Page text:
The Compton Radius, the de Broglie Radius, the Planck Constant, and the Bohr Orbits

The Bohr orbits of the hydrogen atom and the Planck constant can be derived classically from the Maxwell equations and the assumption that there is a variation in the electron's velocity about its average value [1]. The resonant nature of the circulating electron and its induced magnetic and Faraday fields prevents a radiative collapse of the electron into the nuclear proton. The derived Planck constant is h = 2πe^sup 2^/αc, where e, α, and c are the electronic charge, the fine structure constant, and the speed of light. The fact that the Planck vacuum (PV) theory [2] derives the same Planck constant independently of the above implies that the two derivations are related. The following highlights that connection.






Publication: Progress in Physics
Author: Daywitt, William C
Date published: April 1, 2011

(ProQuest: ... denotes formulae omitted.)

In the Beckmann derivation [1], the eelctromagnetic-field mass and the Newtonian mass are assumed to have the same magnitude in which case the electron's average kinetic energy can be expressed as

... (1)

where υ is the average electron velocity and υ = λv is a simpie kinematic relation expressing the fact that the electron's instantaneous velocity varies periodically at a frequency v over a path length equal to the wavelength λ. The constant h (= mυλ) turns out to be the Planck constant.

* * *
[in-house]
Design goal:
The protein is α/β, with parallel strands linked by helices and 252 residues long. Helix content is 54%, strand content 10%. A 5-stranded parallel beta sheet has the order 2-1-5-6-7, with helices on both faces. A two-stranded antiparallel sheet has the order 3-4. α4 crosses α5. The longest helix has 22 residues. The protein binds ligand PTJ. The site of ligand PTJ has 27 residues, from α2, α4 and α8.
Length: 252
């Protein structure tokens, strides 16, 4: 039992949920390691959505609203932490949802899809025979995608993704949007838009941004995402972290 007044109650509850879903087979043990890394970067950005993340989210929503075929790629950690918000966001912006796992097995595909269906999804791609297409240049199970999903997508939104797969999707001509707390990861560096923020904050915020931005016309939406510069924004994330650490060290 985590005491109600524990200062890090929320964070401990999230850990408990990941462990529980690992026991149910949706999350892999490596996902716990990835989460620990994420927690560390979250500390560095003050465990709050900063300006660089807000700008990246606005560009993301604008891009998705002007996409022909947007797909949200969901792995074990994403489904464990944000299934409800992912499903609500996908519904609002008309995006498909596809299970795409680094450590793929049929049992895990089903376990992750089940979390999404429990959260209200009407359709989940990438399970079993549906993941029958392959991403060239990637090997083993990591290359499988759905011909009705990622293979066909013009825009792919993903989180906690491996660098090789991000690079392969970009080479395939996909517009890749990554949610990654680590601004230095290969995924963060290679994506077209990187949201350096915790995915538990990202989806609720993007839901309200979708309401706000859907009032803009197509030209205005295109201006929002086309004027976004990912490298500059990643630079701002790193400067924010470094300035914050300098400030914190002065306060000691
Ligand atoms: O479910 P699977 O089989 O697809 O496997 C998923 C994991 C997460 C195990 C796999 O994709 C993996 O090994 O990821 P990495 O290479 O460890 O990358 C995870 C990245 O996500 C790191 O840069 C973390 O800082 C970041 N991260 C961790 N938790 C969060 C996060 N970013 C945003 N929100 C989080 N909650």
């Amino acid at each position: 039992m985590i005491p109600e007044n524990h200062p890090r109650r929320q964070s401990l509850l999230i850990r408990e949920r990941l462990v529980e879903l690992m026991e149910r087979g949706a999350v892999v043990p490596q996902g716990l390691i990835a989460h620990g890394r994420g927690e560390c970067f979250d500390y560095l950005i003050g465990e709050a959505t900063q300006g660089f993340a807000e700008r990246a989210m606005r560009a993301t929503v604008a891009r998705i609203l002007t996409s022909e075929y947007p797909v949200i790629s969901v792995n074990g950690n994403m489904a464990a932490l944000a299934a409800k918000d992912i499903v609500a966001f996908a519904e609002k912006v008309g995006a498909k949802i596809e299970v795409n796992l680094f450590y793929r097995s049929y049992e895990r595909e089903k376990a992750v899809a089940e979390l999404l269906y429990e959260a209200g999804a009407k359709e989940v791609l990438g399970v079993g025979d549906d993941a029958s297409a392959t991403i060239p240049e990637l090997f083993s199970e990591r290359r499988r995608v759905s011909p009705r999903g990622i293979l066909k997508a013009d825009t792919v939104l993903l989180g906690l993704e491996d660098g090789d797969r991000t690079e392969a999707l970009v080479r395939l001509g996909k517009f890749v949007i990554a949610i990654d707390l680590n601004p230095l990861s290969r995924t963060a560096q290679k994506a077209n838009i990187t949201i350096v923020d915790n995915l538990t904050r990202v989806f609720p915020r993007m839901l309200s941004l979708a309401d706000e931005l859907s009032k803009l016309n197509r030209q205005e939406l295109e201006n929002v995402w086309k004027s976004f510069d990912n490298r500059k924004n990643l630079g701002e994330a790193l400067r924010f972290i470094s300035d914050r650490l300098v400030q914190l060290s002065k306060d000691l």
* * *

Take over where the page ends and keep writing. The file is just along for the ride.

The Beckmann derivation assumes with Maxwell and those following thereafter that the magnetic and Faraday fields are part of the electron makeup. On the other hand the PV theory assumes that these fields constitute a reaction of the negative-energy PV quasi-continuum to the movemeny of the massive point charge (the Dirac electron). In its rest frame the electron exerts the two-fold force [3]

... (2)

on each point r of the PV, where e^sub *^ (= e/[radical]α) is the electorns bare charge, e is the laboratory -ob served charge, and m is the electron mass. The vanishing of this composite force at the radius r = r^sub c^ leads to

... (3)

where r^sub c^ is the electron's Compton radius and h is the (reduced) Planck constant. From the introductory paragraph and (3), the Beckmann and PV results clearly lead to the same Planck constant h = e2/ac = e2/c .

The Planck constant then is associated only with the bare charge |e^sub *^| and not the electron mass - thus the quantum theory reflects the fact that, although the various elementary partides have different masses, they are associated with only one electric charge.